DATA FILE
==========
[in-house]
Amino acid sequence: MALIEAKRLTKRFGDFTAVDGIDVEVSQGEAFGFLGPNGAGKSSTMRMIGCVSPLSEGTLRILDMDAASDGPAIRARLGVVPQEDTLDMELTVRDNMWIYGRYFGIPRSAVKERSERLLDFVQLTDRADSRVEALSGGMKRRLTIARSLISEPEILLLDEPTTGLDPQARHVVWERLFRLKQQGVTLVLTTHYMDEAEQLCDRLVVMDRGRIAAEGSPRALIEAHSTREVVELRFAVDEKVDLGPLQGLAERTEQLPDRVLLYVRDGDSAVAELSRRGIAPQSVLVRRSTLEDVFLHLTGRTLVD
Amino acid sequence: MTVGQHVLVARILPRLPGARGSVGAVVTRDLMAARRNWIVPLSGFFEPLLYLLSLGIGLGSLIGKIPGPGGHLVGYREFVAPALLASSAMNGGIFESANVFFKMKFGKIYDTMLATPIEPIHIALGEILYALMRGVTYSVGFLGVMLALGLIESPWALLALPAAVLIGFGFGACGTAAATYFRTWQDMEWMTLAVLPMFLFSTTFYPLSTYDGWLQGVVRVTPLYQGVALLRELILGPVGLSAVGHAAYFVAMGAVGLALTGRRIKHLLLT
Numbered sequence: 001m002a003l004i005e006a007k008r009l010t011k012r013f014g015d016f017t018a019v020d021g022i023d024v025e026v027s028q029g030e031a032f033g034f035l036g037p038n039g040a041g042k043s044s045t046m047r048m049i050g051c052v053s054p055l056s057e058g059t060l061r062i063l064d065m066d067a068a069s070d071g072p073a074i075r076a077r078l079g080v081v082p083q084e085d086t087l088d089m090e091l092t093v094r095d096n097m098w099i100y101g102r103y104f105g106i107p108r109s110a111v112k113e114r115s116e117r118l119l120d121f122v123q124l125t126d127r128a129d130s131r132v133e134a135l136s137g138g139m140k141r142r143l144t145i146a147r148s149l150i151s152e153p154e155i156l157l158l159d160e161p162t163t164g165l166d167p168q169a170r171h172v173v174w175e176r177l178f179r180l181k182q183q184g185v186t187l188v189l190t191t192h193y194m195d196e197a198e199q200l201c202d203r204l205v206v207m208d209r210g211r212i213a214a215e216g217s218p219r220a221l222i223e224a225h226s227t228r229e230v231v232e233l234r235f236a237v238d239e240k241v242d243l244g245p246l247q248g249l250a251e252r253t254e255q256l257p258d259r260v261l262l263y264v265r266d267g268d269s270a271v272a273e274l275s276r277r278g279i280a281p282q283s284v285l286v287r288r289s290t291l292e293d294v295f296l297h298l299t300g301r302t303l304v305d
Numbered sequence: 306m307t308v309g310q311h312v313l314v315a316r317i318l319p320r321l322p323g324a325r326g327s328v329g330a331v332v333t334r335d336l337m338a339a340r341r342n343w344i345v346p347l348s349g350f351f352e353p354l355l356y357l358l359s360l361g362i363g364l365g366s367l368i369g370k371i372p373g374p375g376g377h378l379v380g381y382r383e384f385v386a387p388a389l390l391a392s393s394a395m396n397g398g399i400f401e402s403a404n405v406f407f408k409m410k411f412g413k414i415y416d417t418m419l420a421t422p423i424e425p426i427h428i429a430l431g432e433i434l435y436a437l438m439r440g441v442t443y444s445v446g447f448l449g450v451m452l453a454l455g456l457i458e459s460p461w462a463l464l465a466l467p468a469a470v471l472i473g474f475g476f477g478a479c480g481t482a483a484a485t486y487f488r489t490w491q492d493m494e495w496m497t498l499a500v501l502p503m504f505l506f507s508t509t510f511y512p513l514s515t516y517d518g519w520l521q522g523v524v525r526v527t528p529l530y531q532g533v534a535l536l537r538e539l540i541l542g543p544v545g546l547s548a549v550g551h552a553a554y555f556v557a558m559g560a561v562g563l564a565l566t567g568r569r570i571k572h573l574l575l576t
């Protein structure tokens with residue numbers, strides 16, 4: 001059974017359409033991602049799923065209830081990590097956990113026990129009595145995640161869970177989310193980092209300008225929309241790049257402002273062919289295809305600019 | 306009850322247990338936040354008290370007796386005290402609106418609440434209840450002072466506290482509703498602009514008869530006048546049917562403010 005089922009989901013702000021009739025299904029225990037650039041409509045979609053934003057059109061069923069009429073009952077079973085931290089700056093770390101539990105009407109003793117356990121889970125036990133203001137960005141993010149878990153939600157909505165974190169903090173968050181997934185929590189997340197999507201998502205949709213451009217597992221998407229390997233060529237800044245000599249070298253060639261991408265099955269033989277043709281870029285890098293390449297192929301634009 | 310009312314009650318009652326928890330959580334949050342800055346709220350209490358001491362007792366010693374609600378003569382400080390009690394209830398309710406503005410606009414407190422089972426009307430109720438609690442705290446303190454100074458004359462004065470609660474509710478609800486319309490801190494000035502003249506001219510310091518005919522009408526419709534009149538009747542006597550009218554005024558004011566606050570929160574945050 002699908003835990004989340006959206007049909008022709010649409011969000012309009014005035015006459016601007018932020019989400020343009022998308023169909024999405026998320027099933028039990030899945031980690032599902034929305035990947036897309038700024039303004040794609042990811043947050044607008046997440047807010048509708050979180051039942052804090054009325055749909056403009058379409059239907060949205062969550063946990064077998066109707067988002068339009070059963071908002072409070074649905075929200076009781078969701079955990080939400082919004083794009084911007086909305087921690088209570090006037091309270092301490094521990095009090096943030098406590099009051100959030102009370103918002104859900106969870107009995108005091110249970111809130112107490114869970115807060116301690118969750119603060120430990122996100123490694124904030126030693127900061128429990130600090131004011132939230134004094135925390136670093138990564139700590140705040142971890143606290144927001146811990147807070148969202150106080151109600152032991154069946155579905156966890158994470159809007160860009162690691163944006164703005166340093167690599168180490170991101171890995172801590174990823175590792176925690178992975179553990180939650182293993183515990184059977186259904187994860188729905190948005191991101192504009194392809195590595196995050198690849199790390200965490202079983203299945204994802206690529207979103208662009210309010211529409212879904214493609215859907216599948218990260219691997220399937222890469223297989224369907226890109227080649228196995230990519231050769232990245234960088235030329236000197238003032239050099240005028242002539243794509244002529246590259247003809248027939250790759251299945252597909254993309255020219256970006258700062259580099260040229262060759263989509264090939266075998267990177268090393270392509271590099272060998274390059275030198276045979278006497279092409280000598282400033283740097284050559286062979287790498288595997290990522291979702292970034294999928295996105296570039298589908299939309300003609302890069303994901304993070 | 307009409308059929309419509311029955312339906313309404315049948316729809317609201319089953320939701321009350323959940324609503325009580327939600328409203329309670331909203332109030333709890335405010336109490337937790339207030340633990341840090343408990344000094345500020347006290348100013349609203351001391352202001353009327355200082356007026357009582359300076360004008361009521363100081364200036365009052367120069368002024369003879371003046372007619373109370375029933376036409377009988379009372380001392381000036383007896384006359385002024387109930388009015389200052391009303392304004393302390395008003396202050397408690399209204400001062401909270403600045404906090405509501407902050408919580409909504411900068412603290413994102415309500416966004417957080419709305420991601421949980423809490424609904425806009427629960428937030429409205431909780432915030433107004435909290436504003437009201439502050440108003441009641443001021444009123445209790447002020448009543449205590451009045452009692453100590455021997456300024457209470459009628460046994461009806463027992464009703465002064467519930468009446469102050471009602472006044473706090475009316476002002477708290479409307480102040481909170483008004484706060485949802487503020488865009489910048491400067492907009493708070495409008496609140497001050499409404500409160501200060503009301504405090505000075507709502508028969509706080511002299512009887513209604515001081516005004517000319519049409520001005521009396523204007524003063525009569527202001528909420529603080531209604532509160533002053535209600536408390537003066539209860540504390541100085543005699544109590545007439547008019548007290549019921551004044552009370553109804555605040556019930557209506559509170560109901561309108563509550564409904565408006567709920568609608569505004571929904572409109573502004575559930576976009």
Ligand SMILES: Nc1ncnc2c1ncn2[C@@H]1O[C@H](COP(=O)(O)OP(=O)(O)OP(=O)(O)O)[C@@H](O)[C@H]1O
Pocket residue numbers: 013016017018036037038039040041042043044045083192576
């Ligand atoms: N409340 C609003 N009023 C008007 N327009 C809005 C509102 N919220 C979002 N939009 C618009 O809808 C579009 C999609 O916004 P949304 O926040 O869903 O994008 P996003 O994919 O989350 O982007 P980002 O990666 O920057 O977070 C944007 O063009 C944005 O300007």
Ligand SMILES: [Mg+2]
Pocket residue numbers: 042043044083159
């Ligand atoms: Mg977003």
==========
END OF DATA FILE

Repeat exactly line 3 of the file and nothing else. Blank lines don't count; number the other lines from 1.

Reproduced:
Amino acid sequence: MTVGQHVLVARILPRLPGARGSVGAVVTRDLMAARRNWIVPLSGFFEPLLYLLSLGIGLGSLIGKIPGPGGHLVGYREFVAPALLASSAMNGGIFESANVFFKMKFGKIYDTMLATPIEPIHIALGEILYALMRGVTYSVGFLGVMLALGLIESPWALLALPAAVLIGFGFGACGTAAATYFRTWQDMEWMTLAVLPMFLFSTTFYPLSTYDGWLQGVVRVTPLYQGVALLRELILGPVGLSAVGHAAYFVAMGAVGLALTGRRIKHLLLT